Wednesday 19 May 2010

This post brought to you by the 'A' in 'Our World from A to Z'

Yesterday afternoon at about 3pm I was working away on the computer (surprise). I had just said to Jean-Paul it would soon be time to get Alexandria from school when the phone rang. The voice on the other end said, "Hi, it's Beth* from Place of Learning and Fun* and this is going to sound weird, but I have Alexandria here in the office and she has a cone-type plastic thing stuck on her baby finger." Me, trying not laugh too much, "Oh wow." "Yup. We've tried to get it off with soap, putting in cold water and it's really stuck." "Alright, her dad will be right over to come get her." *Names changed

I relay the story to Daddy-Yo, both doing that this-is-serious-but-we-can't-help-laughing thing (better to get our giggles out now than in front of Alex, right?) Daddy heads on over the school to pick up our little reason-things-get-recalled. I sneak a picture, to which she says, "Don't show anybody. Not even on the computer." *I later got her permission to put this on here, telling her one day she'd like to look back on this story. "Why?" she asked. Daddy's reply as he shakes his head, "I don't know." I told her, "Sometimes, after you're all grown up, you like to look back at things that happened when you were little."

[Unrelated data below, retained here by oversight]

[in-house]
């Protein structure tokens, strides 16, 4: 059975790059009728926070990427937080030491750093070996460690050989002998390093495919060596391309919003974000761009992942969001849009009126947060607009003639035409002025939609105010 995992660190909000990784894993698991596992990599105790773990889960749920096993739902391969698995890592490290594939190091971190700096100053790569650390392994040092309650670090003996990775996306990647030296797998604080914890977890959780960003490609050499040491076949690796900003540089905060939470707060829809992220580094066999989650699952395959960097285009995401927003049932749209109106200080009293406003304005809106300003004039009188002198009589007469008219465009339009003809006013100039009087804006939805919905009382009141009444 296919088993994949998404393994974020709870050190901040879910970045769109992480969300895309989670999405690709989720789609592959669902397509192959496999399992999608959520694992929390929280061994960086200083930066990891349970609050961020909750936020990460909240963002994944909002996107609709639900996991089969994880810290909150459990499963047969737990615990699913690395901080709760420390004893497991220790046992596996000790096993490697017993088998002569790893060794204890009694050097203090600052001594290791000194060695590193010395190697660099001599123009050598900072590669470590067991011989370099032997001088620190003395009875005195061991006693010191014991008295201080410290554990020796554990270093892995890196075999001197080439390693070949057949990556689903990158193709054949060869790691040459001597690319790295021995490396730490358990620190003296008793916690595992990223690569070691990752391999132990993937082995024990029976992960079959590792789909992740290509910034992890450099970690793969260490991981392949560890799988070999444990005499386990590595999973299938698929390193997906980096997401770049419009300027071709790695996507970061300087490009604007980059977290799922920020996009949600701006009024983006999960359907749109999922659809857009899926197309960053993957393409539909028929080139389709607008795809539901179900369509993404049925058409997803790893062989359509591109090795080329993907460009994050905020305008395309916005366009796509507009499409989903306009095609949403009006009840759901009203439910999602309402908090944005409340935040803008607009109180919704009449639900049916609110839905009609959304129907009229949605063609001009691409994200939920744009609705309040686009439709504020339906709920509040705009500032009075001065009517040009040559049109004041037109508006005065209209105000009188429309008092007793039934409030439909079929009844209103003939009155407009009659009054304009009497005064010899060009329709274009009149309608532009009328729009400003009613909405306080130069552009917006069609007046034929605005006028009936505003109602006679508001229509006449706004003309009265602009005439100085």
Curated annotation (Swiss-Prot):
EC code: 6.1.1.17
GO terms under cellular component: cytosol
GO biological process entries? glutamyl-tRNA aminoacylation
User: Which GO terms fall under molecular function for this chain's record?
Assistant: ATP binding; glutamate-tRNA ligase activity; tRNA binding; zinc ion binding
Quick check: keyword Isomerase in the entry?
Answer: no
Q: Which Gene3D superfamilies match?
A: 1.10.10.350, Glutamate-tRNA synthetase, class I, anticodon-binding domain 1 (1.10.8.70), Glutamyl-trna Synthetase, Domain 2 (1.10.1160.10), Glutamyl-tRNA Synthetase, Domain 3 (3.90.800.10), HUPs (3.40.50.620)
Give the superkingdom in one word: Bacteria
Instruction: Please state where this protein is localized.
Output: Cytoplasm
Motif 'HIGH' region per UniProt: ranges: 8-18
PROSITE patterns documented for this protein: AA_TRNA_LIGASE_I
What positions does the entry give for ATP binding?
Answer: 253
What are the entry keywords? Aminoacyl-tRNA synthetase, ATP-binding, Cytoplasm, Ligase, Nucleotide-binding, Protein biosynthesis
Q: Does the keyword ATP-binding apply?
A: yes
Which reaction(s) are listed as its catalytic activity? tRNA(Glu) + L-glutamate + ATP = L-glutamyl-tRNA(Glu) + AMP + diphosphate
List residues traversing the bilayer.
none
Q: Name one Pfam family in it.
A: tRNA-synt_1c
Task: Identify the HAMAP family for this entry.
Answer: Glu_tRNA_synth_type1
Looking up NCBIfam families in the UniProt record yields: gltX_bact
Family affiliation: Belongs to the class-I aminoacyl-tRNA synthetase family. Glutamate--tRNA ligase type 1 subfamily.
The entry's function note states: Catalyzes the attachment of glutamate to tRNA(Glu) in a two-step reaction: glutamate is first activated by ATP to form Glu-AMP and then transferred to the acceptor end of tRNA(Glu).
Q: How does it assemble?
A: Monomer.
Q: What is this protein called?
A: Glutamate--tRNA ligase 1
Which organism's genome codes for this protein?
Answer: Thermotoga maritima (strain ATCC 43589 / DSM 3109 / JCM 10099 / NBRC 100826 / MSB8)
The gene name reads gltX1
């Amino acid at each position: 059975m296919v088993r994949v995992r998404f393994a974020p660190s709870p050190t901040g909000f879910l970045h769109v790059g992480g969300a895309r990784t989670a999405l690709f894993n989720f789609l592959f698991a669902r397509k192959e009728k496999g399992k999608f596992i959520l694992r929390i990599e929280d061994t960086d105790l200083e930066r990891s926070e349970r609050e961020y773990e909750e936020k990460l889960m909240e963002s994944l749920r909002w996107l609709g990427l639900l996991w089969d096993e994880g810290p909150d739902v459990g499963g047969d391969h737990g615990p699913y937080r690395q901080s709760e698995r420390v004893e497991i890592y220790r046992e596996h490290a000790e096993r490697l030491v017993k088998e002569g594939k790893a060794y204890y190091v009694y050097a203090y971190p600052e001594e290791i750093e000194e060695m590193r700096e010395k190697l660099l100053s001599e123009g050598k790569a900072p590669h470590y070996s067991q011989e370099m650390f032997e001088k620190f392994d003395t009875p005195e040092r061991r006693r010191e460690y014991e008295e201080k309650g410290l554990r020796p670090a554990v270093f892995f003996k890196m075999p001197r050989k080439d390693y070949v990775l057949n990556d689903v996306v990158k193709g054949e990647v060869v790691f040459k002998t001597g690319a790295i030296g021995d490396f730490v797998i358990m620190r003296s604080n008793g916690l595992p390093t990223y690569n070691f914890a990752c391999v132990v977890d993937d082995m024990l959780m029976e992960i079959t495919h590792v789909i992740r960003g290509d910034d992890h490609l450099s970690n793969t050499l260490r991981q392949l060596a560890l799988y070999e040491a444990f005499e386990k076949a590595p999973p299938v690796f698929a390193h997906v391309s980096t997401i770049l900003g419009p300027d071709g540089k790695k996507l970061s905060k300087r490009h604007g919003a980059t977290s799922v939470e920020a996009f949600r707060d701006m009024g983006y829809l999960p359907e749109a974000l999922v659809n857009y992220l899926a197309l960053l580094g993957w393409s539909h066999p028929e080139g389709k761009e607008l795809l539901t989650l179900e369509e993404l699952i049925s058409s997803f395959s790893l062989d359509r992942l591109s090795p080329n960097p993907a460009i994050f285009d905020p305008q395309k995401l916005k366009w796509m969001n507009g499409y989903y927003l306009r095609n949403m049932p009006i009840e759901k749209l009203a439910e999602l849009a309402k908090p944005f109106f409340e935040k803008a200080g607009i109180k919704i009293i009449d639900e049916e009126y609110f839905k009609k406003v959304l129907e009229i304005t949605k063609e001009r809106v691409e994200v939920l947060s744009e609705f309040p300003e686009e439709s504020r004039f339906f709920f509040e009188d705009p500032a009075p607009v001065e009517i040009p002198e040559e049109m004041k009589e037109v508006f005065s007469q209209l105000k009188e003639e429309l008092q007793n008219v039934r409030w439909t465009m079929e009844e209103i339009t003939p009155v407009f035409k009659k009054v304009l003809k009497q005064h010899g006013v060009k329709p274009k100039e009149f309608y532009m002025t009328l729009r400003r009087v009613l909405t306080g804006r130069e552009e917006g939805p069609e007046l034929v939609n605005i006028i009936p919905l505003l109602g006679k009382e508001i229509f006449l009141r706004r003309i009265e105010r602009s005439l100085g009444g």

This pink cone-thing was really, really stuck. It apparently is a game piece from 'Snakes and Ladders'. I later learned from Baby Girl she was pretending it was a bell on her finger.

We tried a few more things at home... Soaking in cold water... Elevating... Olive oil... Windex (suggested by her teacher when she called to check on Alex. Look it up. It's all over the internet as a home remedy! Who knew?) I held Alex chest to chest as Daddy tried to get it off. Turned it. Screams. Tried to pull if off. Screams. Tears. Lots of resistance - both from the game piece and Alexandria. We stopped trying and faced the fact Alex and I were headed to the emergency department. (Yes, in Canada, you do stupid things and the government pays for it to be remedied.)
While Alex's hand was soaking in cold water, I showered. Trust me. I needed to shower before I went anywhere. I was still hoping at this point (it was 4:30) to make it to my evening class (starting at 6:00) or at least to Toronto for a Blurb Books meet-up (ending at 10pm.) I know. What was I thinking?

So, at 4:30, Alex and I headed to the ER. Alex thought maybe we could just leave the piece on her finger. I reminded her she was going to keep growing and her finger would eventually just fall off if the piece was left on there. We got there. Filled out the registration form. They were assessing #39 in triage and we were #41. I read one book to Alex and it was our turn. They assessed her and we were sent to the intake desk. Two more minutes there and we were on our way into the waiting room. We weren't there for more than a couple minutes when we were escorted to our own room in the emergency department. I was impressed with how fast that happened. In less than about 15 minutes we went from walking in the door to our own room. Not bad. And that waiting room was pretty full. I don't think they want kids waiting in a big group of sickies.